7. Reduced operational costs. Why make the investment in the IoT? For most companies, it’s about ROI. The insights generated by a smart building need to add up to cost savings through better decision-making. If you can use data from X to make Y conclusion that save $Z, there’s power in leveraging smart building technologies.
  8. New workplace opportunities. In the new age of evolving work styles, change in the workplace is unavoidable. As flex work and agile workspaces become the new norm, there’s demand for systems to help manage them. This oversight is much easier by smart networks and systems that generate data to support the new workplace and its utilization.

The key takeaway here is data. Data about previously unquantified systems that sheds light on how the physical workplace operates. These insights lead to more meaningful management, both in terms of space and operations. Smart buildings and the IoT have opened the door to better use of buildings, no matter the purpose.

The office: the final corporate data frontier

The benefits of implementing a smart building plan are virtually boundless. There are as many opportunities to benefit as there are avenues to integrate software, processes, workflows, and reporting systems, and to use the information a smart building provides. This information is imperative in adapting the workplace to real-time demands.

As buildings get smarter, they open the door to better workplace agility. Whether your facilities are inherently smart or you’ve augmented them with a growing IoT network, harnessing the power of facilities information leads to better decision-making and more streamlined operations. Every data point counts, and every data point is useful.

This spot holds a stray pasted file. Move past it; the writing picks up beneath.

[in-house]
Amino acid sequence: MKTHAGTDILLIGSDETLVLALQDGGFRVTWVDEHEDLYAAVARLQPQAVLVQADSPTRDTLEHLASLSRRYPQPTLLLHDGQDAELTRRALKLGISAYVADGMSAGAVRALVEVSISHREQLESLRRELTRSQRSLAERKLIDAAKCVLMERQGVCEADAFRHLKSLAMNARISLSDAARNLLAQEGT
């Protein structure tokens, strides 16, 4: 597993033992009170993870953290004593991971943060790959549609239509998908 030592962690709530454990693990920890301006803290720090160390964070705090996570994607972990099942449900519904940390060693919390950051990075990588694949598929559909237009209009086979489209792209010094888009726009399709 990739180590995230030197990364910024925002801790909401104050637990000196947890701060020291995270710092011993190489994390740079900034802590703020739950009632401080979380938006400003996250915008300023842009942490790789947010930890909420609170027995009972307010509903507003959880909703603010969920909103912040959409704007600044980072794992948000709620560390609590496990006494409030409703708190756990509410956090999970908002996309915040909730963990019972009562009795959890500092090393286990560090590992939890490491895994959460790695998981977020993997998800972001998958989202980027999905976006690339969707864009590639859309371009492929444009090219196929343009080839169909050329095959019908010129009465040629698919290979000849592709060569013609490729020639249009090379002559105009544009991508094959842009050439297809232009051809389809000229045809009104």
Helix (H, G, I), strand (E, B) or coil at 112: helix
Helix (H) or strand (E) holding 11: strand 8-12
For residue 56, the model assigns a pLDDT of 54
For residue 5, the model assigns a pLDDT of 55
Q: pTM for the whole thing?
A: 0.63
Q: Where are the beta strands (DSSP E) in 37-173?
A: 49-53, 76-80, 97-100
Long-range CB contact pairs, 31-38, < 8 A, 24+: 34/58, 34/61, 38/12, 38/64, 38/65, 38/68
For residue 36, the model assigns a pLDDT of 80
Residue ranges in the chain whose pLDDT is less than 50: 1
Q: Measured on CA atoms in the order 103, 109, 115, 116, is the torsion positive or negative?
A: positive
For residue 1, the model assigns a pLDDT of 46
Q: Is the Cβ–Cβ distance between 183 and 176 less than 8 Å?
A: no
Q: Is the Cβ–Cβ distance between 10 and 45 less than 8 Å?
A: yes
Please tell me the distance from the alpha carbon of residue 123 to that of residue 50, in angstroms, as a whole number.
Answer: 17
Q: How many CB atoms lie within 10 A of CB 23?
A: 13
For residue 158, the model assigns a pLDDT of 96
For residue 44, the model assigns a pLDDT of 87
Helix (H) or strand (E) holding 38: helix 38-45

Keep reading: The Top Challenges for Creating Smart Buildings

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Eight Benefits of IWMS for Smart Building Management

By Dave Clifton
Content Strategist
SpaceIQ

Today’s workplaces operate under the governance of dozens of different devices, programs, and pieces of software. The growing web of IoT devices and their signals helps businesses run efficiently—from the ability to book hot desks to building energy efficiency controls. More and more, companies are tying these many programs into an Integrated Workplace Management System (IWMS). The benefits of IWMS are too great to ignore and too beneficial to overlook.

As a business’ web of essential technologies grows—and its operations become more sophisticated—the IWMS acts as an anchor. It centralizes all the digital operations of the workplace and makes it easy for systems to communicate with each other. The result is what we get when we think of smart buildings: facilities that intuitively support the work that happens in them.